I have never smoked crack. Â Two wonderful ladies have kept me on the straight and narrow:
Ronnie looks pretty rough in that picture. Â Nancy must have mis-read his star charts.
Bernie Goetz shot four African American teenagers (three of them 19, one of them 18) in a New York City subway train on December 22, 1984. Â One of the men sat next to Bernie and asked him for $5. Â None of the four men displayed weapons or expressed the desire to physically harm Bernie.
Bernie’s response was to rise from his seat on the train, draw his unlicensed and unregistered revolver and fire five shots at the four men.
According to a taped interview with law enforcement officials (taken only after Goetz had fled the scene and hid from police or several days):
“If I had more bullets, I would have shot ’em all again and again,” Goetz said on the tape, played in a darkened Manhattan courtroom. “My problem was I ran out of bullets. And I was gonna, I was gonna gouge one of the guy’s eyes out with my keys afterwards.”
Goetz was arraigned on multiple counts of attempted murder, assault, reckless endangerment, and unlawful criminal possession of a firearm. Â His case progressed through multiple iterations in the New York criminal justice system and resulted in a conviction on onlyÂ one count of criminal possession of a weapon in the third degree, for carrying in public the loaded unlicensed gun used in the subway shooting, and two counts of possession in the fourth degree, for keeping two other unlicensed handguns in his home.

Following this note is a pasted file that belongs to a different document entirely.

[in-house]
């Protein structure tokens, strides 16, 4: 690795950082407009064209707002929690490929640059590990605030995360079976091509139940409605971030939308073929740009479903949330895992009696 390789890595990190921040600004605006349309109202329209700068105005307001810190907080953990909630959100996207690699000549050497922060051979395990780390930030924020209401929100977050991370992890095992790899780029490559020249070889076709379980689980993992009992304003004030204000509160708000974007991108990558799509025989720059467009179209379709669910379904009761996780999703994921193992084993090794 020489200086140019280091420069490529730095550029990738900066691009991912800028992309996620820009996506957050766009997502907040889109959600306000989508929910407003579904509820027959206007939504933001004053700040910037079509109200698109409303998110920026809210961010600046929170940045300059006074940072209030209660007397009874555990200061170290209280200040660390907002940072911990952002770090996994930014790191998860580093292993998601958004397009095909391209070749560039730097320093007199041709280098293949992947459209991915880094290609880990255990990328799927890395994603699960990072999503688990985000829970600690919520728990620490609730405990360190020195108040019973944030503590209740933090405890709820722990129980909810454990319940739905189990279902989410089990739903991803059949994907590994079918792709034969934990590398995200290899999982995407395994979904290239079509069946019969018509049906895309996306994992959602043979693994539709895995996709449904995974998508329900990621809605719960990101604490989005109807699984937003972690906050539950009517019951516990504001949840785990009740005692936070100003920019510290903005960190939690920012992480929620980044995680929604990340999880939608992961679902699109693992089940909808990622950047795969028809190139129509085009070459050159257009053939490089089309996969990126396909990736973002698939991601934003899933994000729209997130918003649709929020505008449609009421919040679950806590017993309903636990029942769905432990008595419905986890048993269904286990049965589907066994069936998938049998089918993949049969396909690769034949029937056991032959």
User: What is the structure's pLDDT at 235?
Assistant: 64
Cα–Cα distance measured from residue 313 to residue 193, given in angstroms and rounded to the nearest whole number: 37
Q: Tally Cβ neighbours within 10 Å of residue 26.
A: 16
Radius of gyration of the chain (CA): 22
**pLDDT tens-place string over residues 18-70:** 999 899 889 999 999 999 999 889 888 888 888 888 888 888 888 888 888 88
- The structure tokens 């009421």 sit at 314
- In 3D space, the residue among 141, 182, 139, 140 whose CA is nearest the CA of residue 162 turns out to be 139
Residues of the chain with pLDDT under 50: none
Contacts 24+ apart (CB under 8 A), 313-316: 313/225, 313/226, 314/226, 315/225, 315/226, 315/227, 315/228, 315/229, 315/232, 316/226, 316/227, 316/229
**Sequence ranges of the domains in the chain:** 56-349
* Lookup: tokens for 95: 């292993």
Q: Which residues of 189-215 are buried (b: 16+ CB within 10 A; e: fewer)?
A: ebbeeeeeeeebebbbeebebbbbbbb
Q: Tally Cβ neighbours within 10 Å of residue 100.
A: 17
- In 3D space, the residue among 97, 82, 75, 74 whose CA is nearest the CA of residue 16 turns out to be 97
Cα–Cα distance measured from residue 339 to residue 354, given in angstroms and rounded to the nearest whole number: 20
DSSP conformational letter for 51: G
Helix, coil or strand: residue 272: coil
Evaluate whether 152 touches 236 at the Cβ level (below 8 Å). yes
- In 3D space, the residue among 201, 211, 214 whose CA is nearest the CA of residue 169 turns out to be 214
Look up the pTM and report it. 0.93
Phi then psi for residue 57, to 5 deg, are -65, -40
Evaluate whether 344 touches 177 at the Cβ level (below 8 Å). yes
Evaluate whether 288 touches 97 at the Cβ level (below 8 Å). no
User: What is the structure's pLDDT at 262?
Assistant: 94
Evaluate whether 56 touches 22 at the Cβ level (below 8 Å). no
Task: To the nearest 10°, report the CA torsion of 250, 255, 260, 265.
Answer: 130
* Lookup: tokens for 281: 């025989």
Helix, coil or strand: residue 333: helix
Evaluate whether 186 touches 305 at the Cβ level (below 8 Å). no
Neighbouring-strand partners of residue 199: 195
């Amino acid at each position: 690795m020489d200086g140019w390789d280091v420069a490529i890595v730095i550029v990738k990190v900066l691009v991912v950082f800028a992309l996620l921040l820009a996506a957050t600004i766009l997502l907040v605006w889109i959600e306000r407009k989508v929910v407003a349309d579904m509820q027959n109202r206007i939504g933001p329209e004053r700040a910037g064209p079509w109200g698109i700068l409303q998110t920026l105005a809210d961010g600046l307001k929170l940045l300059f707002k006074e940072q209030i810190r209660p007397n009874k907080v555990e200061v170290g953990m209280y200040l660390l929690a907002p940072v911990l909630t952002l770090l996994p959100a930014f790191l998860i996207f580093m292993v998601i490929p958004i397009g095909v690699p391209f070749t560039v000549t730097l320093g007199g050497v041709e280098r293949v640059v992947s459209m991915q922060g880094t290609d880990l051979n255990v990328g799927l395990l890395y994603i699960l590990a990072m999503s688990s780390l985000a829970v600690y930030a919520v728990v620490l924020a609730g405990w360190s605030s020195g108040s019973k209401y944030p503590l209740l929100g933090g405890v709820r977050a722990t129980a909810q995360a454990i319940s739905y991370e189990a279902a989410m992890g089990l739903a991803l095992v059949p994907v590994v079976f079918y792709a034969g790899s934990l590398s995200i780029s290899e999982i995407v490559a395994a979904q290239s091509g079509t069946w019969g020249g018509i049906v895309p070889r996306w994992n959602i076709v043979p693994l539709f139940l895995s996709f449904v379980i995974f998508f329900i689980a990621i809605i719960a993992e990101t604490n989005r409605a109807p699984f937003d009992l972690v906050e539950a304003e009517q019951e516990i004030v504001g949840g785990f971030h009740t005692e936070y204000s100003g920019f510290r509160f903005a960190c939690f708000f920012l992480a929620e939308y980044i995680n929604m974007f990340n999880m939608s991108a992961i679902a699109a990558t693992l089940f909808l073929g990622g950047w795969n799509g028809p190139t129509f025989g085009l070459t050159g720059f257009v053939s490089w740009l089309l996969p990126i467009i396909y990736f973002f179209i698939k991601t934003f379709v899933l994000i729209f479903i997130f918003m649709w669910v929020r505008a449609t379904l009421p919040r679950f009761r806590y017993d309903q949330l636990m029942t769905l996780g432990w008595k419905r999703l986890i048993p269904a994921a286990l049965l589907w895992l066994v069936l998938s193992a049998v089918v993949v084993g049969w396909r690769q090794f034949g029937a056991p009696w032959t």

He served 8 months in jail.
There was also a civil trial brought against Goetz in 1996. $43 million was awarded to the plaintiff. Â Asked in 2004 whether he was making payments on the judgment, Goetz responded “I don’t think I’ve paid a penny on that”
In my opinion, the worst thing to come out of all of this was Goetz obtaining hero status in organization such as the NRA. Â Gun nuts probably have tramp stamps of his likeness.